In results that could help advance another “viable path” for fusion energy, research led by physicists at Lawrence Livermore National Laboratory (LLNL) has demonstrated the presence of neutrons produced through thermonuclear reactions from the Z-pinch lump-flow device.
Researchers have used advanced computer modeling techniques and diagnostic instrumentation honed at LLNL to solve a decades-old problem of distinguishing neutrons they produce thermonuclear reactions of those resulting from the ion-beam-induced instability of the plasma in the inertial magnetic fusion system.
While the team’s previous research showed that neutrons measured from Z-pinch-mounted flow-sheared devices were “compatible with thermonuclear production, we haven’t fully demonstrated that yet,” said LLNL physicist Drew Higginson, one of the research co-authors recently published in Plasma physics.
“This is direct evidence that thermonuclear fusion produces these neutrons and not the ions from beam instability,” said Higginson, principal investigator on the Portable and Adaptive Neutron Diagnostics (PANDA) team that conducts research under the Department of Energy’s Energy Advanced Research Projects Agency- Energy Cooperation Agreement (ARPA-E). “It has not been shown that they will have an energy gain, but it is a promising result indicating that they are on a positive path.”
LLNL physicist James Mitrani was lead author of the research paper, which shows how the broad scope of in vitro research benefits the larger fusion community beyond major advances made by LLNL’s National Ignition Foundation (NIF), the world’s most active laser system.
“The research focused only on this single device, but the general techniques and concepts are applicable to a lot of fusion devices in the mesomagnetic inertia fusion system,” Mitrani said. He noted that the system operates in the area between laser fusion facilities, such as the NIF and the Omega Laser Facility at the University of Rochester, and fusion devices that confine plasmas to a purely magnetic system, such as ITER (a multinational project in southern France), SPARC (under construction near Boston). ) or other Tokamak devices.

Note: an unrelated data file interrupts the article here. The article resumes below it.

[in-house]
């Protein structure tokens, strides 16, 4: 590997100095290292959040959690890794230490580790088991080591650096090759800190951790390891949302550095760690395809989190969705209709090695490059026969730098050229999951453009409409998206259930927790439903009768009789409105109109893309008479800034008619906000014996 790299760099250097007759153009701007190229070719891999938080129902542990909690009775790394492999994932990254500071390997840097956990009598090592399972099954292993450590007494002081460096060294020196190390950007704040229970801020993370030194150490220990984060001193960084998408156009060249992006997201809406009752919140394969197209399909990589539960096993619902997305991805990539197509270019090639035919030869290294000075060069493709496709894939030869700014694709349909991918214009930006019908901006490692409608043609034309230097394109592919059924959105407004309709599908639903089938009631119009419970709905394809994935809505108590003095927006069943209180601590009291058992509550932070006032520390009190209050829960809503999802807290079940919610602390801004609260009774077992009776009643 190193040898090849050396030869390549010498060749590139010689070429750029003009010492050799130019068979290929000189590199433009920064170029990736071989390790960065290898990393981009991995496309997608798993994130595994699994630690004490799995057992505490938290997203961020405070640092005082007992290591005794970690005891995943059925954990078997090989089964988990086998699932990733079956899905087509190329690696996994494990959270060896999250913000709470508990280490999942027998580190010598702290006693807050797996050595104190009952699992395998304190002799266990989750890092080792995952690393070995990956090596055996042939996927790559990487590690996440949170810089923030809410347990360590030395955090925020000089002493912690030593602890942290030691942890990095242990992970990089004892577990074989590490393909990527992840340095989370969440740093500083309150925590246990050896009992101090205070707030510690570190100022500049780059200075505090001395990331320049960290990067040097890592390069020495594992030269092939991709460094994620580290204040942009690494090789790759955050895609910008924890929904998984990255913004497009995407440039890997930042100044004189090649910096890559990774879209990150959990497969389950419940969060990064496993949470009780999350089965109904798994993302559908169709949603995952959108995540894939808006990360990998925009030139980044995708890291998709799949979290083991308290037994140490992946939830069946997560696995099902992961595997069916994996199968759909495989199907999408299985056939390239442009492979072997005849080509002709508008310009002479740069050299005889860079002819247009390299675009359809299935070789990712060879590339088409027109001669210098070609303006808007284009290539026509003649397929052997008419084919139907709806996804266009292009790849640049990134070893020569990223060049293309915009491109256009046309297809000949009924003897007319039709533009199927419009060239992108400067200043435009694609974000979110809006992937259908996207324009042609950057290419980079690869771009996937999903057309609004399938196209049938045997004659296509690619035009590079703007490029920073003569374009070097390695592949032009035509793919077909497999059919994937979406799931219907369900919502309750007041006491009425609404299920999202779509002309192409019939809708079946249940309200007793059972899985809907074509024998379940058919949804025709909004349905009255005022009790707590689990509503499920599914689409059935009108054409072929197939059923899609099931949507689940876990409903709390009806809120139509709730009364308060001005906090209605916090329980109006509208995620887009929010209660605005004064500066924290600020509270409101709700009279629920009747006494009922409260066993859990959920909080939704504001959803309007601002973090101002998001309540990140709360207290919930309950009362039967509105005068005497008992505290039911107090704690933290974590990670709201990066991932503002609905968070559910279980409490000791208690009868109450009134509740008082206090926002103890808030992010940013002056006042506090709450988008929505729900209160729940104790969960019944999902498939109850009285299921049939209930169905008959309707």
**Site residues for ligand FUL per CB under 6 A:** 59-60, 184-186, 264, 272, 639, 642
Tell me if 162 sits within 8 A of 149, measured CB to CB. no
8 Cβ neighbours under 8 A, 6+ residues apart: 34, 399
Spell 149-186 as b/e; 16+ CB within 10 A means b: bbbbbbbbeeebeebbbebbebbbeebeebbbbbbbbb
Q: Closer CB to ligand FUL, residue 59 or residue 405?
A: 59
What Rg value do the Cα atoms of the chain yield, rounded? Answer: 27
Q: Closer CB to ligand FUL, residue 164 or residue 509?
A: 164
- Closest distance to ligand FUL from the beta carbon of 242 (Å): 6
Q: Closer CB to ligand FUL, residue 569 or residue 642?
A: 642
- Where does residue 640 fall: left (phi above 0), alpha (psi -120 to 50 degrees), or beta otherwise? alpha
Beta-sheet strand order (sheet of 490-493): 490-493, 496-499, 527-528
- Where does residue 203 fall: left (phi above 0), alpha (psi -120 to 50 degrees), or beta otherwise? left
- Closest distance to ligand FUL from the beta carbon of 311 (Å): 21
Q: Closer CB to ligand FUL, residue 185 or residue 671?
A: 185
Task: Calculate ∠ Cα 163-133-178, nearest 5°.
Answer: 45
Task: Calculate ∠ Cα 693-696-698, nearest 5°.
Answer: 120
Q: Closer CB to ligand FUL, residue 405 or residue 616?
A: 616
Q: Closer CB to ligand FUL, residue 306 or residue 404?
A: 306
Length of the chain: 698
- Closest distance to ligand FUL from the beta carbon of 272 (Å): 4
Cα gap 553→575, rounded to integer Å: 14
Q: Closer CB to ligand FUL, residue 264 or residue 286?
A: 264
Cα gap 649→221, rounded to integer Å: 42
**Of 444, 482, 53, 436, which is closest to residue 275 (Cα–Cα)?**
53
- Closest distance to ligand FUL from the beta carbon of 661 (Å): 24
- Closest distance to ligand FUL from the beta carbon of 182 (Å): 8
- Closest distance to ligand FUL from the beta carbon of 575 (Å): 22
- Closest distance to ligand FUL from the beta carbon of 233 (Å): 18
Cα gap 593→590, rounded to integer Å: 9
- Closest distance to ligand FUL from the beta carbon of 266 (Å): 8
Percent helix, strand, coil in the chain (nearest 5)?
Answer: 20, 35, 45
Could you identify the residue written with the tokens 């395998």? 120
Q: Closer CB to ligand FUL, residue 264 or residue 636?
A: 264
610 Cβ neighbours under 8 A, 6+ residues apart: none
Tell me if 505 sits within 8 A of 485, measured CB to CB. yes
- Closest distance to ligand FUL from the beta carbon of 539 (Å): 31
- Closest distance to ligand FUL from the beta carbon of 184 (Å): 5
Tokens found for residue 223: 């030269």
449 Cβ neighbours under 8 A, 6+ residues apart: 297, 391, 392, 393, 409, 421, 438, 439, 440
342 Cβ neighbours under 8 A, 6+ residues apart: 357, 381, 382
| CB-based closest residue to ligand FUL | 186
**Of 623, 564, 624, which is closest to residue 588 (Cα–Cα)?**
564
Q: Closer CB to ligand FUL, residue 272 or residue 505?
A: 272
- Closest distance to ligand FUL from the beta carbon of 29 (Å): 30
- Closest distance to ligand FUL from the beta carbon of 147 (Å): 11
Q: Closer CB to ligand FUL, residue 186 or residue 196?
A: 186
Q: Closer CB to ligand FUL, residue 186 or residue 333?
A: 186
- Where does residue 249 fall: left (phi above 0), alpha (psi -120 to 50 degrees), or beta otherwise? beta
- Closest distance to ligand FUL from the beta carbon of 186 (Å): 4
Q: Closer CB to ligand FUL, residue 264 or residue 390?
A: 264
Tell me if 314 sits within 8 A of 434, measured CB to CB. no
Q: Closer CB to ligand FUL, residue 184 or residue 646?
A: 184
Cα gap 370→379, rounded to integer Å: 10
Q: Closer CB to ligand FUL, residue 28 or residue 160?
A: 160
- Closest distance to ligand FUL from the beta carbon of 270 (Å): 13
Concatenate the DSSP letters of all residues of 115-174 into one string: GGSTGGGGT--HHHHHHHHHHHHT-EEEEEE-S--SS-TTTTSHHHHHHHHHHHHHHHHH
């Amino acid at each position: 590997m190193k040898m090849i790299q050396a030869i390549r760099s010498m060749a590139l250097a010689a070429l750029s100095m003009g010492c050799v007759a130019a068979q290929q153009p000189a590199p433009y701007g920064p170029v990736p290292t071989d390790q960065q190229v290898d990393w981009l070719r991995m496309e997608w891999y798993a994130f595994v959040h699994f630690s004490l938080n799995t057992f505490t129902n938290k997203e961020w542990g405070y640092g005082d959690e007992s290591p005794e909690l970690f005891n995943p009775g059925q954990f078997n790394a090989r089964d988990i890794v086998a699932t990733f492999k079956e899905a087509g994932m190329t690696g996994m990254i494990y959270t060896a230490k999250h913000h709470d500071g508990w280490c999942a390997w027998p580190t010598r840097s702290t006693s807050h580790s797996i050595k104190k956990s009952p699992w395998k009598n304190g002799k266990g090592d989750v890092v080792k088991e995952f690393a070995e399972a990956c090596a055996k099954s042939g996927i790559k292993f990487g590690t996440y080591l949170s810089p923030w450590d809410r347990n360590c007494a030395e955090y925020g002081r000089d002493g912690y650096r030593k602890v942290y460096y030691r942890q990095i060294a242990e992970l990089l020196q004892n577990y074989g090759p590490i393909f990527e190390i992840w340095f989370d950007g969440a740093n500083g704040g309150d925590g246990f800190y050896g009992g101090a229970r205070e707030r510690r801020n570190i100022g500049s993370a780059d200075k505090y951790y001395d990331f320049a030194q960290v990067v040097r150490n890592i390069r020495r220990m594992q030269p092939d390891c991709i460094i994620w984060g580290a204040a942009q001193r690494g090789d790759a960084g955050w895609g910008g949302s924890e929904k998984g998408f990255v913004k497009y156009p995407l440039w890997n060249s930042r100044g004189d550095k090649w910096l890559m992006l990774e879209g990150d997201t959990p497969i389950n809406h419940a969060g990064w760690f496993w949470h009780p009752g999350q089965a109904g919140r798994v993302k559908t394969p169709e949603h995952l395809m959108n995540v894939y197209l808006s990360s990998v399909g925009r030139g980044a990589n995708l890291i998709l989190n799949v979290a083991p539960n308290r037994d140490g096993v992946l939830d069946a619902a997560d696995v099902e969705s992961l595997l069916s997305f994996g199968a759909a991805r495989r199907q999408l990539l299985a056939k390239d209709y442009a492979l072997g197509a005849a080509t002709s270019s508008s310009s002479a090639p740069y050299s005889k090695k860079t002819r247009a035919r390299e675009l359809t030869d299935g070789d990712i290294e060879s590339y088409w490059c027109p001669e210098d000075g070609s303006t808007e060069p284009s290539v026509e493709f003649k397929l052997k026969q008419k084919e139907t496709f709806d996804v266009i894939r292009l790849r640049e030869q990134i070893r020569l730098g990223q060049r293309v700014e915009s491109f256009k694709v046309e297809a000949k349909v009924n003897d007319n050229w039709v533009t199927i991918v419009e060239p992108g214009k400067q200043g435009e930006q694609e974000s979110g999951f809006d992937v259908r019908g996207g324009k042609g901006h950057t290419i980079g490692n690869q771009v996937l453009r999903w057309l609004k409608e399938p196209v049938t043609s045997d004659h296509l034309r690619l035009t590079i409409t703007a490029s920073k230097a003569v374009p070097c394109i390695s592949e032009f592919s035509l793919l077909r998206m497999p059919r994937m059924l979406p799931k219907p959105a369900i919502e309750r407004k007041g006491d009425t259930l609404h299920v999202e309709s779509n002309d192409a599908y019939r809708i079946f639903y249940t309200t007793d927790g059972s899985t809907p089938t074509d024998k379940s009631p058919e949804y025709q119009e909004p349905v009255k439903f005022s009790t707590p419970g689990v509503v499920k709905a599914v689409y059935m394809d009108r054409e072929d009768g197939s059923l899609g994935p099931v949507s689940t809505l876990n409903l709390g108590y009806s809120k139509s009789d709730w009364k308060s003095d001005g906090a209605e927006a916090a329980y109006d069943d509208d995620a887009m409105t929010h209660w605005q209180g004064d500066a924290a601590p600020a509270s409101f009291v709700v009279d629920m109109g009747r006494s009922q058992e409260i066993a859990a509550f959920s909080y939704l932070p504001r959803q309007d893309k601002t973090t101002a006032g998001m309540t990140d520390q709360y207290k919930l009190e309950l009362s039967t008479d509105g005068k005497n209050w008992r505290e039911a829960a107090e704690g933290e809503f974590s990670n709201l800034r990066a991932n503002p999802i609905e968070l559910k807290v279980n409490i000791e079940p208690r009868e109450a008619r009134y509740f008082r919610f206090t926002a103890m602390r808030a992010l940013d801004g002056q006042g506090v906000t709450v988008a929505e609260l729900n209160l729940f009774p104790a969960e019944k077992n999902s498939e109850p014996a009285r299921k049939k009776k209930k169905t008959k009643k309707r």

Since August, the NIF has caused a stir throughout the global scientific community because its self-confinement fusion (ICF) experiment yielded 1.35 megajoules (MJ) of energy. The achievement brought the researchers to the ignition threshold — defined by the National Academy of Sciences and the National Nuclear Security Administration when a NIF explosion produces more fusion energy than the amount of laser energy delivered to the target. This snapshot precedes the progress LLNL researchers have made in achieving the state of burnt plasma in lab experiments.
Fusion is the energy source found in the sun, stars, and thermonuclear weapons. NIF’s ICF experiments focus 192 laser beams on a small target to compress and heat partially frozen hydrogen isotopes inside a fuel capsule, creating an implosion that replicates the pressure and temperature conditions found only in the cores of stars and giant planets and in the explosion of nuclear weapons. Z-shaped compression machines accomplish fusion by using a strong magnetic field to confine and “compress” the plasma.
The Z-pinch concept is a relatively simple design that has been around as a theoretical model since the 1930s. But Higginson noted that it has a long history of “terrible instability” that has impeded the ability to generate the conditions needed for net fusion energy gains.
In the 1990s, LLNL scientists began working with University of Washington (UW) researchers to push another promising path toward ignition, the stable Z-pinch concept of sheared flow. Instead of the powerful clamping magnets used in other Z-pinch devices, flux-sheared Z-pinch devices use a pulsed electric current to generate a magnetic field flowing through a column of plasma to reduce fusion instability.
“The problem with instability is that it doesn’t create a viable route to energy production, whereas thermonuclear fusion does,” Higginson said. “Diagnosing this difference has always been challenging, particularly in the case of a Z-shaped strain.”